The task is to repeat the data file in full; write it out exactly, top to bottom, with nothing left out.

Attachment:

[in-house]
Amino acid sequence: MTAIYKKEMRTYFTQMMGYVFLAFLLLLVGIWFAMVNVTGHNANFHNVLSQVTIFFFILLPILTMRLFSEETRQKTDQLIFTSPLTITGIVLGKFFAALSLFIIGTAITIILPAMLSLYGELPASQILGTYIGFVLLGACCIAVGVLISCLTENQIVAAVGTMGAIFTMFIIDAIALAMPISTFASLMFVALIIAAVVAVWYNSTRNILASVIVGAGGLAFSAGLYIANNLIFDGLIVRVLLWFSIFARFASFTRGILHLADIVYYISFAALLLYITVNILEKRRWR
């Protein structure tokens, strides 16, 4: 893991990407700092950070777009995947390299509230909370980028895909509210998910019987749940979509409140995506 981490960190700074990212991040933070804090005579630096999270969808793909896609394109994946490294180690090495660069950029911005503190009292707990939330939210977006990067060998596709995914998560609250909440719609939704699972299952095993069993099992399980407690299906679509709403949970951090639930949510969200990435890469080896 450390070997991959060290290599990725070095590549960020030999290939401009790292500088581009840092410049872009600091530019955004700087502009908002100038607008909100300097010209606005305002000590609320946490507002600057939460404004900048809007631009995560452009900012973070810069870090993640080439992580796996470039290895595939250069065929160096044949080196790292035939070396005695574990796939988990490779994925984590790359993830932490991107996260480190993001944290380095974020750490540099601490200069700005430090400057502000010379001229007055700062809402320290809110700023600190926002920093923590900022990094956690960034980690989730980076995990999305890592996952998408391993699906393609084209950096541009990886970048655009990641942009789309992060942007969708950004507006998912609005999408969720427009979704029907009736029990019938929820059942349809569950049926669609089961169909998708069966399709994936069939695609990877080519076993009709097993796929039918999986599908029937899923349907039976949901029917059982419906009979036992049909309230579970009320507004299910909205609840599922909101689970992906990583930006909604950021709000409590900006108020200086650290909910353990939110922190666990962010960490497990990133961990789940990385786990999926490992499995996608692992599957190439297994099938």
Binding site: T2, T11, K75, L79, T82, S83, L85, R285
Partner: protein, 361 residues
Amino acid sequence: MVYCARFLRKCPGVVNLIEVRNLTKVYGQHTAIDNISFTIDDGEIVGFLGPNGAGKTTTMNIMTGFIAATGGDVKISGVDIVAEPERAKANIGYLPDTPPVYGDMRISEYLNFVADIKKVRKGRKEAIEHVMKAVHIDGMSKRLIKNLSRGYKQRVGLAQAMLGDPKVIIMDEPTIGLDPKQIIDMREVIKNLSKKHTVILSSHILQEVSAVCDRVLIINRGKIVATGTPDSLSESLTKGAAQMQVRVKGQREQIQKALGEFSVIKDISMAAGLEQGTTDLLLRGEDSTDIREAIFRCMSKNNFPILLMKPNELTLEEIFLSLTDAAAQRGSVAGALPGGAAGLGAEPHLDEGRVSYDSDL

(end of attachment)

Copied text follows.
[in-house]
Amino acid sequence: MTAIYKKEMRTYFTQMMGYVFLAFLLLLVGIWFAMVNVTGHNANFHNVLSQVTIFFFILLPILTMRLFSEETRQKTDQLIFTSPLTITGIVLGKFFAALSLFIIGTAITIILPAMLSLYGELPASQILGTYIGFVLLGACCIAVGVLISCLTENQIVAAVGTMGAIFTMFIIDAIALAMPISTFASLMFVALIIAAVVAVWYNSTRNILASVIVGAGGLAFSAGLYIANNLIFDGLIVRVLLWFSIFARFASFTRGILHLADIVYYISFAALLLYITVNILEKRRWR
């Protein structure tokens, strides 16, 4: 893991990407700092950070777009995947390299509230909370980028895909509210998910019987749940979509409140995506 981490960190700074990212991040933070804090005579630096999270969808793909896609394109994946490294180690090495660069950029911005503190009292707990939330939210977006990067060998596709995914998560609250909440719609939704699972299952095993069993099992399980407690299906679509709403949970951090639930949510969200990435890469080896 450390070997991959060290290599990725070095590549960020030999290939401009790292500088581009840092410049872009600091530019955004700087502009908002100038607008909100300097010209606005305002000590609320946490507002600057939460404004900048809007631009995560452009900012973070810069870090993640080439992580796996470039290895595939250069065929160096044949080196790292035939070396005695574990796939988990490779994925984590790359993830932490991107996260480190993001944290380095974020750490540099601490200069700005430090400057502000010379001229007055700062809402320290809110700023600190926002920093923590900022990094956690960034980690989730980076995990999305890592996952998408391993699906393609084209950096541009990886970048655009990641942009789309992060942007969708950004507006998912609005999408969720427009979704029907009736029990019938929820059942349809569950049926669609089961169909998708069966399709994936069939695609990877080519076993009709097993796929039918999986599908029937899923349907039976949901029917059982419906009979036992049909309230579970009320507004299910909205609840599922909101689970992906990583930006909604950021709000409590900006108020200086650290909910353990939110922190666990962010960490497990990133961990789940990385786990999926490992499995996608692992599957190439297994099938």
Binding site: T2, T11, K75, L79, T82, S83, L85, R285
Partner: protein, 361 residues
Amino acid sequence: MVYCARFLRKCPGVVNLIEVRNLTKVYGQHTAIDNISFTIDDGEIVGFLGPNGAGKTTTMNIMTGFIAATGGDVKISGVDIVAEPERAKANIGYLPDTPPVYGDMRISEYLNFVADIKKVRKGRKEAIEHVMKAVHIDGMSKRLIKNLSRGYKQRVGLAQAMLGDPKVIIMDEPTIGLDPKQIIDMREVIKNLSKKHTVILSSHILQEVSAVCDRVLIINRGKIVATGTPDSLSESLTKGAAQMQVRVKGQREQIQKALGEFSVIKDISMAAGLEQGTTDLLLRGEDSTDIREAIFRCMSKNNFPILLMKPNELTLEEIFLSLTDAAAQRGSVAGALPGGAAGLGAEPHLDEGRVSYDSDL